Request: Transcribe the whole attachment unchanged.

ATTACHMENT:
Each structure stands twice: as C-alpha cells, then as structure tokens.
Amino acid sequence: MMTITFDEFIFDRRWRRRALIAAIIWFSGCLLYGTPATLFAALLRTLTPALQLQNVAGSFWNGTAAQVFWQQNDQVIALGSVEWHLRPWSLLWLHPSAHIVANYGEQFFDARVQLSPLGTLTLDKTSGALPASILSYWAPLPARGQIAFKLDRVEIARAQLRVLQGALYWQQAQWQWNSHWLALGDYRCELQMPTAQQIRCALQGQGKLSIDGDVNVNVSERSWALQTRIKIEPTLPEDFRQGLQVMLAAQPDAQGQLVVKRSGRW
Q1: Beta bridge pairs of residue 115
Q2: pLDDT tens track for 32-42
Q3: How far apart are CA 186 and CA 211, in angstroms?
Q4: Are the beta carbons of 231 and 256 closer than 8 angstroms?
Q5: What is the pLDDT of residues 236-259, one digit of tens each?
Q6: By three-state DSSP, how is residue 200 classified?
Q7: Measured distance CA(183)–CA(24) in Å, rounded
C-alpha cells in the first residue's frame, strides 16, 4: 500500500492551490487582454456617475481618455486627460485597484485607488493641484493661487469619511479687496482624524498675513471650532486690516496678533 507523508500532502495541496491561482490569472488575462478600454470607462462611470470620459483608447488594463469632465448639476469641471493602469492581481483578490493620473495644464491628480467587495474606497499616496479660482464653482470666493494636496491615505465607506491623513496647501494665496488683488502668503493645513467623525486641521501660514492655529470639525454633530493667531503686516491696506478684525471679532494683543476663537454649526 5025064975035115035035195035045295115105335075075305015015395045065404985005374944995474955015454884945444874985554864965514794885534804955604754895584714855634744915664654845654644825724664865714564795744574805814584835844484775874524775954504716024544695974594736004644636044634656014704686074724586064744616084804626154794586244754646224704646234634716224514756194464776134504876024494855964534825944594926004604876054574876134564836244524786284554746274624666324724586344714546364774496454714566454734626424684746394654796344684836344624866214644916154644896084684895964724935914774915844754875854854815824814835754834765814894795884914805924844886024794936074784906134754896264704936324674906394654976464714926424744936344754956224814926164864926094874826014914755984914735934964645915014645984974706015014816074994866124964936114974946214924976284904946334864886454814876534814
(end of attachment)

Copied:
Each structure stands twice: as C-alpha cells, then as structure tokens.
Amino acid sequence: MMTITFDEFIFDRRWRRRALIAAIIWFSGCLLYGTPATLFAALLRTLTPALQLQNVAGSFWNGTAAQVFWQQNDQVIALGSVEWHLRPWSLLWLHPSAHIVANYGEQFFDARVQLSPLGTLTLDKTSGALPASILSYWAPLPARGQIAFKLDRVEIARAQLRVLQGALYWQQAQWQWNSHWLALGDYRCELQMPTAQQIRCALQGQGKLSIDGDVNVNVSERSWALQTRIKIEPTLPEDFRQGLQVMLAAQPDAQGQLVVKRSGRW
Q1: Beta bridge pairs of residue 115
Q2: pLDDT tens track for 32-42
Q3: How far apart are CA 186 and CA 211, in angstroms?
Q4: Are the beta carbons of 231 and 256 closer than 8 angstroms?
Q5: What is the pLDDT of residues 236-259, one digit of tens each?
Q6: By three-state DSSP, how is residue 200 classified?
Q7: Measured distance CA(183)–CA(24) in Å, rounded
C-alpha cells in the first residue's frame, strides 16, 4: 500500500492551490487582454456617475481618455486627460485597484485607488493641484493661487469619511479687496482624524498675513471650532486690516496678533 507523508500532502495541496491561482490569472488575462478600454470607462462611470470620459483608447488594463469632465448639476469641471493602469492581481483578490493620473495644464491628480467587495474606497499616496479660482464653482470666493494636496491615505465607506491623513496647501494665496488683488502668503493645513467623525486641521501660514492655529470639525454633530493667531503686516491696506478684525471679532494683543476663537454649526 5025064975035115035035195035045295115105335075075305015015395045065404985005374944995474955015454884945444874985554864965514794885534804955604754895584714855634744915664654845654644825724664865714564795744574805814584835844484775874524775954504716024544695974594736004644636044634656014704686074724586064744616084804626154794586244754646224704646234634716224514756194464776134504876024494855964534825944594926004604876054574876134564836244524786284554746274624666324724586344714546364774496454714566454734626424684746394654796344684836344624866214644916154644896084684895964724935914774915844754875854854815824814835754834765814894795884914805924844886024794936074784906134754896264704936324674906394654976464714926424744936344754956224814926164864926094874826014914755984914735934964645915014645984974706015014816074994866124964936114974946214924976284904946334864886454814876534814